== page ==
Against the backdrop of an ageing population that is seeing a shortfall in young people considering care as a career choice, Solomon Vanderpuye and Scott Brent, from The Fremantle Trust, reiterate why they see it as a rewarding choice.
Both Scott and Solomon are incredibly passionate about care and would like to see a shift in government statistics, which state that only 16 per cent of carers are male – a figure which has apparently remained static since 2012.
Solomon, aged 36, has recently been promoted to the role of deputy manager at Sancroft Hall, Harrow, a care home which provides high quality, person-centred care for 50 people. A decade since he joined the Trust, he has risen through the ranks starting off as group care coordinator at Dell Field Court care home in Finchley, and has relished the opportunity to learn along the way, having achieved NVQ levels 2 and 3 and is now working towards a leadership and management qualification.
Scott, aged 27, is an assistant manager at Dell Field Court, which provides specialist support for older people. He began his career with the Trust as an apprentice just over nine years ago, as the eldest of six siblings, which he claims meant caring for others came naturally. Scott has completed NVQ level 2 and QCF level 3 in Dementia and hopes to progress further up the ladder at The Fremantle Trust and undertake Level 3 Business Management.
A report by the International Longevity Centre-UK and The Anchor Trust claims that England could face a shortfall of 718,000 care workers by 2025.
Both Solomon and Scott believe that their personal experiences of a career in care at The Fremantle Trust, which employs 1,850 people, have kept them inspired and eager to take on more responsibility. Their pride in their work and the enthusiasm they share for caring for others is infectious.
I’ve remained loyal to The Fremantle Trust because they have invested in me and believed in me. When asked what advice I would give others starting out in a career in care I would say that there is every reason to be positive about your future and anything is possible if you commit to developing your skills and knowledge.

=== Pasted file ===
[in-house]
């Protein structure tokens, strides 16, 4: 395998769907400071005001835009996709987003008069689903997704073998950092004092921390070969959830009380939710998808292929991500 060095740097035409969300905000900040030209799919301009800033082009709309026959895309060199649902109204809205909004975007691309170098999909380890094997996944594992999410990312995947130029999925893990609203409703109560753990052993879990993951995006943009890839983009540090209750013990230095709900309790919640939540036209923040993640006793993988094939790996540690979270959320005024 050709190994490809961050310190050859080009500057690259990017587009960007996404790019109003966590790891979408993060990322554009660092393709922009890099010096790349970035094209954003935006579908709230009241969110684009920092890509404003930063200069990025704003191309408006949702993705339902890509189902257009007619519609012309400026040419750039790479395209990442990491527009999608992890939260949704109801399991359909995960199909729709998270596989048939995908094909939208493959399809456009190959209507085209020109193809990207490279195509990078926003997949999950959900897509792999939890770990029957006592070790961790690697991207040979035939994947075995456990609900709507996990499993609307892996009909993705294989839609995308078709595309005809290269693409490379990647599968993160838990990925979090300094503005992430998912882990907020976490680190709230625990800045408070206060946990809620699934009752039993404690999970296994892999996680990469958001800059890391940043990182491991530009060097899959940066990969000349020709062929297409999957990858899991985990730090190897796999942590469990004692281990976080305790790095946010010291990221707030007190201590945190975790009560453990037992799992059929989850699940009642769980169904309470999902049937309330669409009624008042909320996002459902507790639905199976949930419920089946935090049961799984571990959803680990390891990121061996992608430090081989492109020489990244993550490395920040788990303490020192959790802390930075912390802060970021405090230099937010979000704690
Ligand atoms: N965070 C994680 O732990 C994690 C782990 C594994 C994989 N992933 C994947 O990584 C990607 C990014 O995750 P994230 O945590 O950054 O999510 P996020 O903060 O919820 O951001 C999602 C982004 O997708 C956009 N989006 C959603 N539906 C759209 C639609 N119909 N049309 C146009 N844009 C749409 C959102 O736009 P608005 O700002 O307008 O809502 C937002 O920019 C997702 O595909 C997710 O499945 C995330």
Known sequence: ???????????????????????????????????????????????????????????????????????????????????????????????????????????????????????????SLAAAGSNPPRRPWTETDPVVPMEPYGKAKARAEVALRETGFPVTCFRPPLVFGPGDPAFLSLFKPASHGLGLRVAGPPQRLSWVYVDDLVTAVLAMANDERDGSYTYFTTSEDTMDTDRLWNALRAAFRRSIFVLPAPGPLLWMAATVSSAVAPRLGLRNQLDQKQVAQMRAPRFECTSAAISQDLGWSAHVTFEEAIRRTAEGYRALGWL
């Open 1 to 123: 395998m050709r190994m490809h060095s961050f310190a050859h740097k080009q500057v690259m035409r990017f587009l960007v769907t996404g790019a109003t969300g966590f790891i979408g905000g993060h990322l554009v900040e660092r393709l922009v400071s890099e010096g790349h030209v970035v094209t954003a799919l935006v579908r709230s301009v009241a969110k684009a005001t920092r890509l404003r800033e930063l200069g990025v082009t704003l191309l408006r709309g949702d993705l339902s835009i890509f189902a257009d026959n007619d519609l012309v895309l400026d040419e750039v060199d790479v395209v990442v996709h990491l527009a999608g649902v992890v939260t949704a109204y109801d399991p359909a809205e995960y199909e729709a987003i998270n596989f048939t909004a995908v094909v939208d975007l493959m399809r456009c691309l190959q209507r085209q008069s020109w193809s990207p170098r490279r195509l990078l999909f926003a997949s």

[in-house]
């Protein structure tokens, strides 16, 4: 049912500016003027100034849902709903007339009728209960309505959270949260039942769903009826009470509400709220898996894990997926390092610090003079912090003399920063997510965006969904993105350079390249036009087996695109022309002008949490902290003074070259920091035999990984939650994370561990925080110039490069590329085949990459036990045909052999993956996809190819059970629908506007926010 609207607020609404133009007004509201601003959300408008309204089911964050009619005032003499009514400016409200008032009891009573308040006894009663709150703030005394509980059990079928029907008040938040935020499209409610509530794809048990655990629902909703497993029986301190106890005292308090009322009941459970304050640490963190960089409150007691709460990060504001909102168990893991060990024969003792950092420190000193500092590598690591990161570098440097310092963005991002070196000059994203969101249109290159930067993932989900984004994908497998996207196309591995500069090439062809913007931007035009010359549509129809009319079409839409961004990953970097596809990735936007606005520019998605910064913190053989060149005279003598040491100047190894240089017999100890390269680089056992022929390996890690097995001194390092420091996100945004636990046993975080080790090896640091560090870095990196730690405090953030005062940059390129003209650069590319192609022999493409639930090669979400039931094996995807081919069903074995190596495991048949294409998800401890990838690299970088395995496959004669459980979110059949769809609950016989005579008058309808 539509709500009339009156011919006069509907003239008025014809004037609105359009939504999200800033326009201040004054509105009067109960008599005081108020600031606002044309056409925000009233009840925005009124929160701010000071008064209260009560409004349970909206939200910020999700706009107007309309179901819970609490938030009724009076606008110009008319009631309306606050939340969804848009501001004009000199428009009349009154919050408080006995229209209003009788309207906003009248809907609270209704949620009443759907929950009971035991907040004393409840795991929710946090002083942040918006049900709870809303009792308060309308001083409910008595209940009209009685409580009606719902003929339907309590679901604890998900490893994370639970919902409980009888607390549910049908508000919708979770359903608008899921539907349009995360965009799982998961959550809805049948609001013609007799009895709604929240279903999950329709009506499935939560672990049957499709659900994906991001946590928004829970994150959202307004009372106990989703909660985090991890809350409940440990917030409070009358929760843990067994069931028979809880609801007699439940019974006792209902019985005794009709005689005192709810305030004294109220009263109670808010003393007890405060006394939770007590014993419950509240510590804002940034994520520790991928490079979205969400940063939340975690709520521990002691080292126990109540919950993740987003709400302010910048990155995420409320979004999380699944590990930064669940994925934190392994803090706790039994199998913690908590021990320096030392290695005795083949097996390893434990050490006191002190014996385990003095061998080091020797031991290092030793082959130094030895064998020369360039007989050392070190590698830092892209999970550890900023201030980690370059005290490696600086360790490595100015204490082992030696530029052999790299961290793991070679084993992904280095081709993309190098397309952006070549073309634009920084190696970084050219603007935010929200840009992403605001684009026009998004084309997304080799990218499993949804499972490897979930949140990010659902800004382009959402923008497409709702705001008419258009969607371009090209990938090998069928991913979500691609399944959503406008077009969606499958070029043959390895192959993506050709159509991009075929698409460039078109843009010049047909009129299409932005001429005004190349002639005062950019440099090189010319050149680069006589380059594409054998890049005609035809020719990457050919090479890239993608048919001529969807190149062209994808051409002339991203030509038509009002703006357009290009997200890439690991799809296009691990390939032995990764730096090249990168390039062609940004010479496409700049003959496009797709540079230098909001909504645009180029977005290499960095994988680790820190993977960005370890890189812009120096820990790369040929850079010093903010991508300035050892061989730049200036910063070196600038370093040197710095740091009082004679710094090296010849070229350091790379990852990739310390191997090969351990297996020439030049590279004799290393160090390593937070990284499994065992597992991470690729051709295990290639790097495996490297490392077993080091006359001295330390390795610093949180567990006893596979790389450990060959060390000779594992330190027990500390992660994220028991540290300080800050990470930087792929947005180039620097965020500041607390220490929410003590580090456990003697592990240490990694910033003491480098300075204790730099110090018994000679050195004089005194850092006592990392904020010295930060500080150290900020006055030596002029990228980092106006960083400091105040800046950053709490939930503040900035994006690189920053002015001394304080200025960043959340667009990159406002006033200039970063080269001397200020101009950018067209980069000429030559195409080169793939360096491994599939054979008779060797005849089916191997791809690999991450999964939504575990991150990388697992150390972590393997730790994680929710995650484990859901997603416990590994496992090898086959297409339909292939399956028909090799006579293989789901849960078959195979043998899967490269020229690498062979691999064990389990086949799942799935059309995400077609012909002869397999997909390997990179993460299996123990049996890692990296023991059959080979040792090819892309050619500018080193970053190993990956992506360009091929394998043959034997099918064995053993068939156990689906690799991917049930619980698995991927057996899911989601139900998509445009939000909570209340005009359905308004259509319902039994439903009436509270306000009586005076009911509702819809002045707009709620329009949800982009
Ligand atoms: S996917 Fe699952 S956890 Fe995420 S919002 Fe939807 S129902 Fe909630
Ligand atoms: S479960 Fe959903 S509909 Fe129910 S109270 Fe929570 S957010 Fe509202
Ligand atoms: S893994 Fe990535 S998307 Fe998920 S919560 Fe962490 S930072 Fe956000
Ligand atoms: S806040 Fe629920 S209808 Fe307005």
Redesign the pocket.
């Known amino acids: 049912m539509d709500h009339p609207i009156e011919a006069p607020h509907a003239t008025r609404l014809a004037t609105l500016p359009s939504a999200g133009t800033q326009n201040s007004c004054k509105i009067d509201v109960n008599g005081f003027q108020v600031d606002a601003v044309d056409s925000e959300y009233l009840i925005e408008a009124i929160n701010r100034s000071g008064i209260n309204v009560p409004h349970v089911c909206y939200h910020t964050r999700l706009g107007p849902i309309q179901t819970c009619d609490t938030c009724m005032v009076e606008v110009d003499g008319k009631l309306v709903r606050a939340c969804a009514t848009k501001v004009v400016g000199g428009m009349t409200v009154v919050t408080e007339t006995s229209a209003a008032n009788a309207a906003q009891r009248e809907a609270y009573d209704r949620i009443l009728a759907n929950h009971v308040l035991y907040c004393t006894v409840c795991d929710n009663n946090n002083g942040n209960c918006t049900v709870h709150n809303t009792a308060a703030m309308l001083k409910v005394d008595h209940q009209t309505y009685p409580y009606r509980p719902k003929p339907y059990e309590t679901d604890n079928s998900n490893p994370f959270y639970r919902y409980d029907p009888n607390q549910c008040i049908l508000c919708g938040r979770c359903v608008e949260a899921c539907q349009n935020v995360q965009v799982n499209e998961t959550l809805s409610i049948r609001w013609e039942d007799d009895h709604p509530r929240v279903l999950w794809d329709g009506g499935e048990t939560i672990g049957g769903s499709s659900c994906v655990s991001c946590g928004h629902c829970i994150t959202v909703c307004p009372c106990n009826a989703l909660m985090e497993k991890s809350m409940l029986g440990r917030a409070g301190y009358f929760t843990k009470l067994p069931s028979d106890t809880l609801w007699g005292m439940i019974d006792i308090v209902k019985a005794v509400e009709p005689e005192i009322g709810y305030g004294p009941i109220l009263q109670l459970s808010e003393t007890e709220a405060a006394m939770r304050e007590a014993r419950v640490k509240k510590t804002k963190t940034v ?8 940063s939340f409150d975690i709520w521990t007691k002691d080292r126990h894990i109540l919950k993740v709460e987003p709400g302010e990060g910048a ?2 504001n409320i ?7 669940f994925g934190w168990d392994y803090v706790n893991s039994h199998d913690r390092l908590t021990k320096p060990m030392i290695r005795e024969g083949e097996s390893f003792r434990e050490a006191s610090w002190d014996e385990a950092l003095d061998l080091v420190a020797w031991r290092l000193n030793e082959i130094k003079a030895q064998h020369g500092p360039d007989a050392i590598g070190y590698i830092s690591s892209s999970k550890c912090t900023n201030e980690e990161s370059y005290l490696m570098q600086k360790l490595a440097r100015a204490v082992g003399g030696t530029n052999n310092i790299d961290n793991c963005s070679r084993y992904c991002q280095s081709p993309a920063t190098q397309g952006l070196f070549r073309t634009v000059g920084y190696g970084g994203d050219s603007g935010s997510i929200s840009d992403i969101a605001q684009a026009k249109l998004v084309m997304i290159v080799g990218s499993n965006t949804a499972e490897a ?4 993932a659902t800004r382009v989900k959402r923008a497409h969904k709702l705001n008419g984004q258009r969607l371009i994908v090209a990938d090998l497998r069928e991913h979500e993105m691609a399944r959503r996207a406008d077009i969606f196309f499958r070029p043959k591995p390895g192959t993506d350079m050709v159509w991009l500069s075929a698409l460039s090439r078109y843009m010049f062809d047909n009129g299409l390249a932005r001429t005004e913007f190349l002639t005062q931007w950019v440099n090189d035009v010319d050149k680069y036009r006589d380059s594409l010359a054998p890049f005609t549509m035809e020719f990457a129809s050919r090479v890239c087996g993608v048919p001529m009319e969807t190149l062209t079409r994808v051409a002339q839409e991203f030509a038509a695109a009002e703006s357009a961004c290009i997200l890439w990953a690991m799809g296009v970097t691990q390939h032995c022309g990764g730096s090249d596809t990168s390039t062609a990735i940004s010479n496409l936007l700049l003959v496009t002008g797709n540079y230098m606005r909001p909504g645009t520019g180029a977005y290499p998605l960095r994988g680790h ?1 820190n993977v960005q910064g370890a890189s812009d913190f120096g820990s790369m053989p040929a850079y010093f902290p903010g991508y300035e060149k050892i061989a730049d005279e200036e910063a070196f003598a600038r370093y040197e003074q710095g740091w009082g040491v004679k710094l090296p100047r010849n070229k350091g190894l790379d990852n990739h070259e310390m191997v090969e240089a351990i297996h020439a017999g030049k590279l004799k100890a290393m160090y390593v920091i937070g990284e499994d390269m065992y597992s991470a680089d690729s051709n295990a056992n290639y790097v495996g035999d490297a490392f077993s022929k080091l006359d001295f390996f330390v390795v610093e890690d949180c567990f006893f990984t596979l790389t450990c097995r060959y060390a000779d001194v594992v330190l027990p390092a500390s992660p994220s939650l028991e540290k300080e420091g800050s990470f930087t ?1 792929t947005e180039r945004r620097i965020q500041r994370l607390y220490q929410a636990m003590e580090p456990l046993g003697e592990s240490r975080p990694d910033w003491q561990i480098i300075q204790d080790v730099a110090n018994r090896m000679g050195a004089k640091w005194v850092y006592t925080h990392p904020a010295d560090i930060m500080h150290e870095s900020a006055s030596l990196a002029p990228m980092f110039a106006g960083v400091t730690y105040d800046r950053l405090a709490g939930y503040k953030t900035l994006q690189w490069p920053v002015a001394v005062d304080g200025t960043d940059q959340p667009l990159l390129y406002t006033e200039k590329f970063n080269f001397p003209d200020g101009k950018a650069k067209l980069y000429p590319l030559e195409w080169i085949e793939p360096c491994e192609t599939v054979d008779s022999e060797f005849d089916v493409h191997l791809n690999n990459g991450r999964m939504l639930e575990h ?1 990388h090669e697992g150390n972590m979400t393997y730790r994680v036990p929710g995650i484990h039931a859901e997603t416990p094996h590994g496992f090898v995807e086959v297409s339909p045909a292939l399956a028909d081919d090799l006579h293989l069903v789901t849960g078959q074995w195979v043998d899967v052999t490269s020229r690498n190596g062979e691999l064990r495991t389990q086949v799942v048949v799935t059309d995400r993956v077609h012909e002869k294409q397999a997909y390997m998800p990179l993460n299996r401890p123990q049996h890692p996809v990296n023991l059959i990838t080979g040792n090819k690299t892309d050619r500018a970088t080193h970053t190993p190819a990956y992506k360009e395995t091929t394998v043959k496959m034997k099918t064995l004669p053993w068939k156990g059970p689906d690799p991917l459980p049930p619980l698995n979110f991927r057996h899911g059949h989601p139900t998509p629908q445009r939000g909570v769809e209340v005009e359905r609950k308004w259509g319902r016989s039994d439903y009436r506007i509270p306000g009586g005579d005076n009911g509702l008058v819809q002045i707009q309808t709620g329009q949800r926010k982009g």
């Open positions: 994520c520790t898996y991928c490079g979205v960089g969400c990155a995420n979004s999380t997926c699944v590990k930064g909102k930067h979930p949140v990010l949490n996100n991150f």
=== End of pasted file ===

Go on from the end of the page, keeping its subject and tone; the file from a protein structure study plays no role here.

A highlight of Scott’s career includes contacting Dame Vera Lynn for a gentleman he cares for as she was a distant friend of his and he looked up to her during his time in the RAF.
I got a response from her and a recent photo and it prompted the gentleman to cry tears of joy as he thought she had forgotten him. All this felt amazing and so rewarding – that I could do something to make someone so happy. It’s all about going the extra mile.
The National Care Forum undertakes regular surveys tracking the age profile, qualification rates and staff turnover in the sector, and has found that the sector workforce is ageing, with 50.3 per cent of staff aged 45 or over.
Fay Small, director of people at The Fremantle Trust, added:
We are facing the same challenges as care providers across the country but we’re taking action. Our commitment to training and developing our people is of paramount importance. In fact, our recently introduced BTEC Level 2 Award in Dementia Awareness has been rolled out across the Trust and featured in the Skills for Care Best Practice Guide.
Solomon and Scott are shining examples of exemplary care professionals, with natural compassion and empathy as well as a restless ambition to learn and grow in their roles. They send out a positive message to others, especially men developing their careers, that care is an incredibly rewarding choice both personally and professionally.